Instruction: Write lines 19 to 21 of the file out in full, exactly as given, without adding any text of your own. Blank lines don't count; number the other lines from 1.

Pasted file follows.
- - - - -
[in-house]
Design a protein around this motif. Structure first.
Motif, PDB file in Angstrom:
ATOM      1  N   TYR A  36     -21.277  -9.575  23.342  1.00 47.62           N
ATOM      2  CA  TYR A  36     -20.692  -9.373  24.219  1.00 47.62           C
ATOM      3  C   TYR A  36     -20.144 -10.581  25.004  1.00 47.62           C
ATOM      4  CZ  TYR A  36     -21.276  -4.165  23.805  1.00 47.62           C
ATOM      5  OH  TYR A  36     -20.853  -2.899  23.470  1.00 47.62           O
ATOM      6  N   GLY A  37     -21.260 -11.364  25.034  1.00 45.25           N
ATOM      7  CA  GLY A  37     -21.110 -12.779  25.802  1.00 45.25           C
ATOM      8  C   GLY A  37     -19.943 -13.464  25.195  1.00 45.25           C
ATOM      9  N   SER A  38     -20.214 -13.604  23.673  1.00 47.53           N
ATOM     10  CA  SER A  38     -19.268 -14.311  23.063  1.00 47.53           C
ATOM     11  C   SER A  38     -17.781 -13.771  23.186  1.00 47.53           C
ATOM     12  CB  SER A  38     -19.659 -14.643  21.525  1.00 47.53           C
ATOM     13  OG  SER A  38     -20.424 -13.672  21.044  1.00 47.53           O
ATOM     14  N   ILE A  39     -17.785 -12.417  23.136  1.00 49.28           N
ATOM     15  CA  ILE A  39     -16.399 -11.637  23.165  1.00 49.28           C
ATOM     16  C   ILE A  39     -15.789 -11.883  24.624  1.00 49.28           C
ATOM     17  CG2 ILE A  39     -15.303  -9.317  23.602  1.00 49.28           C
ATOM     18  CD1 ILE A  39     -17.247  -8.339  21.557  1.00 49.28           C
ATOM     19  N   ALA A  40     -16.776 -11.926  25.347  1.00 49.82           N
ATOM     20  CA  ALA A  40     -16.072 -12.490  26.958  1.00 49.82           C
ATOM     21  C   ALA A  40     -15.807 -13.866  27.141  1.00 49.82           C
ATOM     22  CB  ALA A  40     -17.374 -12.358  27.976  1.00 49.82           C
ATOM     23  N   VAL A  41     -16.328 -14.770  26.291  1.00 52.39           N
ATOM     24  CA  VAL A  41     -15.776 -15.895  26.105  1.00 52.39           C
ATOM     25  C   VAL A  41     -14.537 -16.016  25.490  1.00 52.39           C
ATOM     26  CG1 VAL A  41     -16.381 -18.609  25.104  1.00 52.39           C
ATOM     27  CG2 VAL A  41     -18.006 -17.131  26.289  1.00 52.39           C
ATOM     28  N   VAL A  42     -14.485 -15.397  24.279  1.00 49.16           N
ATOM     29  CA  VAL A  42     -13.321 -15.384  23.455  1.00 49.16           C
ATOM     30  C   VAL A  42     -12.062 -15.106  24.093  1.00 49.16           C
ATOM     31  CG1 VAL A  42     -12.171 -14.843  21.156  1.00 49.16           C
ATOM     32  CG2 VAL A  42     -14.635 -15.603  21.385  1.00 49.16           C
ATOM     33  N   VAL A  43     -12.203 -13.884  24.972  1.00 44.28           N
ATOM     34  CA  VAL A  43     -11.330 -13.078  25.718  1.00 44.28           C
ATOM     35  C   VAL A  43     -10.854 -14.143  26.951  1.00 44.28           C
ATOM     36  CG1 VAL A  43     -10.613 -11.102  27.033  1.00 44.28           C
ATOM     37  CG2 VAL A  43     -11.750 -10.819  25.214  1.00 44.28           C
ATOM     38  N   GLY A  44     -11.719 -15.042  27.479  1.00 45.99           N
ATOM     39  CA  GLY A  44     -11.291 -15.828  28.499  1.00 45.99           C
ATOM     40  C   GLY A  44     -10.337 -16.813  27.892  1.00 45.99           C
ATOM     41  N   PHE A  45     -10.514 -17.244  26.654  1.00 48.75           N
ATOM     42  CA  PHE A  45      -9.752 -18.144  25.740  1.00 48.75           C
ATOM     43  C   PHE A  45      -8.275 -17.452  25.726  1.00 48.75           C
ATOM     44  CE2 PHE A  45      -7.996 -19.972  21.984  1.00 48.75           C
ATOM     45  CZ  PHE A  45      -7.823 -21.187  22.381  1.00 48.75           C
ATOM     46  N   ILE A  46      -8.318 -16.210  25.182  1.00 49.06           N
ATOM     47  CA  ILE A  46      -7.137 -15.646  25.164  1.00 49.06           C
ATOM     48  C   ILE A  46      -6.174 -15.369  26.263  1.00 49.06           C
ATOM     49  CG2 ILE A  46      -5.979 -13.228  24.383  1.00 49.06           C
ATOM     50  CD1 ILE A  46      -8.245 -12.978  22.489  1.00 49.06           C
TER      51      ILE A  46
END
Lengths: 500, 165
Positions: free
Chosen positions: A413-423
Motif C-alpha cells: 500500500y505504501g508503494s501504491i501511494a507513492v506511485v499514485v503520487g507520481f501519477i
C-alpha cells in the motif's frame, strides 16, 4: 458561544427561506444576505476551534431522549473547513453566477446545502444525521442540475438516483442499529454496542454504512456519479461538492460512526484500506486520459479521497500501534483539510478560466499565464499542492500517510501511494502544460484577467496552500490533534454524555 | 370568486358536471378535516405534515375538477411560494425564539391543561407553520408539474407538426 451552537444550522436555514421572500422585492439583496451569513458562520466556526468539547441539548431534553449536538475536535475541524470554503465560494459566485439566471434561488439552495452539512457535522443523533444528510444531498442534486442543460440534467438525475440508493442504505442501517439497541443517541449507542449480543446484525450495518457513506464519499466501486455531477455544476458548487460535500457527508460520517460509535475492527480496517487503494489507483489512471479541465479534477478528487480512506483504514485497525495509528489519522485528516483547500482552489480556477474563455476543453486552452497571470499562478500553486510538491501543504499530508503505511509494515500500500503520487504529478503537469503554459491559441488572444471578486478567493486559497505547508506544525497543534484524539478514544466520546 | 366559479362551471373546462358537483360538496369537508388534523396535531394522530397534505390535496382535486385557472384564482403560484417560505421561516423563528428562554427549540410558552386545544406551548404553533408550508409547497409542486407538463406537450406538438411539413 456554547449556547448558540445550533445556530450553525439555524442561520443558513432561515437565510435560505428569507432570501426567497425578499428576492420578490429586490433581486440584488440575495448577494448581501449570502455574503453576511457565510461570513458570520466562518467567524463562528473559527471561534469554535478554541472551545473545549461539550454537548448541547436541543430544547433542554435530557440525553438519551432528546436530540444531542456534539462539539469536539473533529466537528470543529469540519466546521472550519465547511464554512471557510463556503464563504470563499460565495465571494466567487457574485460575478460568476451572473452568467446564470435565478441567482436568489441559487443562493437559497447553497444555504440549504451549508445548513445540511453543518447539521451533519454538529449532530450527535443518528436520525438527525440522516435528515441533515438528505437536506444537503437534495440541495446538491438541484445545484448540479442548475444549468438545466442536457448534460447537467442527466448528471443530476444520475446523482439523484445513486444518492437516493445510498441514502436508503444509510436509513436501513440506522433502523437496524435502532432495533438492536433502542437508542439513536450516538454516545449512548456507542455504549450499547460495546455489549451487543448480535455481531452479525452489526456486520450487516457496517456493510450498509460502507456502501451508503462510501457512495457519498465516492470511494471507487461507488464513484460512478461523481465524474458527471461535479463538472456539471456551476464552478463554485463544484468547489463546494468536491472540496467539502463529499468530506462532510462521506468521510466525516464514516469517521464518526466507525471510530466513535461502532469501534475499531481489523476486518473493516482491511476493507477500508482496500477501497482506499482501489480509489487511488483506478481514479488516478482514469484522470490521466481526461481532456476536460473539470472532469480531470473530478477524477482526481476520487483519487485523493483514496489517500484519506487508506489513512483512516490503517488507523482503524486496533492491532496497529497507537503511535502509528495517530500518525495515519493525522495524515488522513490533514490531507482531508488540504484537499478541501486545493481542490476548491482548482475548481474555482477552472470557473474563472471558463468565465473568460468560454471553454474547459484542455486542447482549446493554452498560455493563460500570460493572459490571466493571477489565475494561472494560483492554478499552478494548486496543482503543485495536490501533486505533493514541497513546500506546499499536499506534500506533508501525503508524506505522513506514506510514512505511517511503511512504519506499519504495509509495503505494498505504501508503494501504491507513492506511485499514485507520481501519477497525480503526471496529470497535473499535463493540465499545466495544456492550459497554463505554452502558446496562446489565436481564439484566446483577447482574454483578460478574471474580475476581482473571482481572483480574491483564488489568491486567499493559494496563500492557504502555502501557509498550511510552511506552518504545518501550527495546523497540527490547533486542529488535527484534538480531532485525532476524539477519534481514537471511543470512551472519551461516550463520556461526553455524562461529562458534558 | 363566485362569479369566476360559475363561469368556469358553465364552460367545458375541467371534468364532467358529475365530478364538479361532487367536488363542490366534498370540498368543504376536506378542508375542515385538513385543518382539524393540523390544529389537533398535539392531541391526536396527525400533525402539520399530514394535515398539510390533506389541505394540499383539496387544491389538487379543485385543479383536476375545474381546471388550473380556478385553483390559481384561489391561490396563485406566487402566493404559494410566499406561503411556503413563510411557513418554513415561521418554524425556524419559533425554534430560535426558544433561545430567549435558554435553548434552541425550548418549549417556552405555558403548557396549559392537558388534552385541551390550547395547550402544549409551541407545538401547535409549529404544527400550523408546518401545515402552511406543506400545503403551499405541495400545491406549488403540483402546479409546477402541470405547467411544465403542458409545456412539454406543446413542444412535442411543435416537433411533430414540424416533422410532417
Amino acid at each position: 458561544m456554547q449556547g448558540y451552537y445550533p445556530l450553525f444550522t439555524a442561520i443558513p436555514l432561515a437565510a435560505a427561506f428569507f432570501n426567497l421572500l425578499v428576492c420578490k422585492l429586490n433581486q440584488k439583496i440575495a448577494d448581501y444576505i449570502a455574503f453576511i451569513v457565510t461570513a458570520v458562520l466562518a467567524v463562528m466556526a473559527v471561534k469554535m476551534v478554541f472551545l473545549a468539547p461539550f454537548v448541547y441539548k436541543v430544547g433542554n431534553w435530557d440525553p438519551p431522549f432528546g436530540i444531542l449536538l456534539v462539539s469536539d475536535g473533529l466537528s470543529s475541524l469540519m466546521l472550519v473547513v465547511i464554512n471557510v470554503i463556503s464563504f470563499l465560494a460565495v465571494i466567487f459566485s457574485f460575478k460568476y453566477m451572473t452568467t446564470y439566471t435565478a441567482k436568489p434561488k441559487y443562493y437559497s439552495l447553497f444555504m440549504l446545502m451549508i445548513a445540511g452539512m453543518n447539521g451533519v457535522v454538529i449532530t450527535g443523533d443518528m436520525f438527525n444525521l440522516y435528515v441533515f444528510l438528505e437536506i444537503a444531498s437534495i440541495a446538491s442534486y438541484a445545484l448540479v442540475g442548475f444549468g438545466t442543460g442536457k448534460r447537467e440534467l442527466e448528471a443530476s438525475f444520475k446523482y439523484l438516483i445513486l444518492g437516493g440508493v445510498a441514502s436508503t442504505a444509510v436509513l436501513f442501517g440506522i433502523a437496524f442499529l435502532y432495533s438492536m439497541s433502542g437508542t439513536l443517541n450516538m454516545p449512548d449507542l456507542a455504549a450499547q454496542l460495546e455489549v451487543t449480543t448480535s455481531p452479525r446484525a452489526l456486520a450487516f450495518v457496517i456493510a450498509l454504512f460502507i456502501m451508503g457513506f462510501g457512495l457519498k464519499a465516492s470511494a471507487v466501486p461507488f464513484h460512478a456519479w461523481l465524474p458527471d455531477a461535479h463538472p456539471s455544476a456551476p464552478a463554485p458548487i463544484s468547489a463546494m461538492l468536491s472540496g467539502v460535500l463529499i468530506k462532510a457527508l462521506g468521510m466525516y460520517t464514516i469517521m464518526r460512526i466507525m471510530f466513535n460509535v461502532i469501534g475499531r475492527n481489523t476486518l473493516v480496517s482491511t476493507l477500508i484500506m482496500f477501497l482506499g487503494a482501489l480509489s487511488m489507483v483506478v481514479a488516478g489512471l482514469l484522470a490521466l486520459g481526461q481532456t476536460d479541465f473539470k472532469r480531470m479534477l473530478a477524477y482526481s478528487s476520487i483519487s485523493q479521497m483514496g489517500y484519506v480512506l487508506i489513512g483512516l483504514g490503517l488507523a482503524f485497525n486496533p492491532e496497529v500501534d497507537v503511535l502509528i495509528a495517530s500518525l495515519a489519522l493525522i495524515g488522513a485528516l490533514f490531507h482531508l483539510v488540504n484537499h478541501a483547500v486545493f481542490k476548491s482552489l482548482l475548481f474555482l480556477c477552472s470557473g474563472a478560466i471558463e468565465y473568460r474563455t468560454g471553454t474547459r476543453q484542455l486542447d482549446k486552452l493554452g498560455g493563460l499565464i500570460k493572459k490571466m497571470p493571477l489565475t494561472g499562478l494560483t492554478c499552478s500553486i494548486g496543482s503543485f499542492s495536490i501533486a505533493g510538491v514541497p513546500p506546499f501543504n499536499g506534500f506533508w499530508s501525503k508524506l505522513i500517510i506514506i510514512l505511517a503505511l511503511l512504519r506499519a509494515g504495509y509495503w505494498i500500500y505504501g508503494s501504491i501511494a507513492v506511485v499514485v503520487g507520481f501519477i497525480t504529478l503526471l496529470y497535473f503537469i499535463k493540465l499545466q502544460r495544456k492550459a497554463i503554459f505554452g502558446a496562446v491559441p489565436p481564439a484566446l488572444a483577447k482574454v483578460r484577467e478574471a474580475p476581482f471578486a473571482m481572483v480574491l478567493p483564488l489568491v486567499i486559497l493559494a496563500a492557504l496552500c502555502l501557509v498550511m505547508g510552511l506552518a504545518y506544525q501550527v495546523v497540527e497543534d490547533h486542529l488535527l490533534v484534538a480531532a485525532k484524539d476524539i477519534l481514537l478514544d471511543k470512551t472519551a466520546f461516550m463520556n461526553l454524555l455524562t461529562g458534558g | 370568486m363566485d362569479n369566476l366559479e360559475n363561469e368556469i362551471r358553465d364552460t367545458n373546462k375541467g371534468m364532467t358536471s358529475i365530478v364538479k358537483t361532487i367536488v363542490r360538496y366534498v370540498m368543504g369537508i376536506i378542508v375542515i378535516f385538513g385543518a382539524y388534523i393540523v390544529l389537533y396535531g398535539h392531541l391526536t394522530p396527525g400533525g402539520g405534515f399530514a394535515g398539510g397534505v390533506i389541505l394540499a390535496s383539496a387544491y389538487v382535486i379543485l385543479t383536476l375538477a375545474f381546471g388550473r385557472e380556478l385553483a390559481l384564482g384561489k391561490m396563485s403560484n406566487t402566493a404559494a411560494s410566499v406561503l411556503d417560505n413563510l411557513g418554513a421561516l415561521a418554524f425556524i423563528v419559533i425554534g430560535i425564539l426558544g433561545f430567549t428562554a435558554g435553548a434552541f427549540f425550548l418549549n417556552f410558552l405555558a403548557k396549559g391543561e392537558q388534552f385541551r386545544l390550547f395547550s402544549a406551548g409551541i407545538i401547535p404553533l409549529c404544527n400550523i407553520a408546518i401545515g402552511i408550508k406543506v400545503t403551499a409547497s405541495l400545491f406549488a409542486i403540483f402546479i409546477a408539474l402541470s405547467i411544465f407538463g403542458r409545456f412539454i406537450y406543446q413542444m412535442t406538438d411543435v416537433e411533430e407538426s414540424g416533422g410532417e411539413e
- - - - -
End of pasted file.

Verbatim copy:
ATOM     16  C   ILE A  39     -15.789 -11.883  24.624  1.00 49.28           C
ATOM     17  CG2 ILE A  39     -15.303  -9.317  23.602  1.00 49.28           C
ATOM     18  CD1 ILE A  39     -17.247  -8.339  21.557  1.00 49.28           C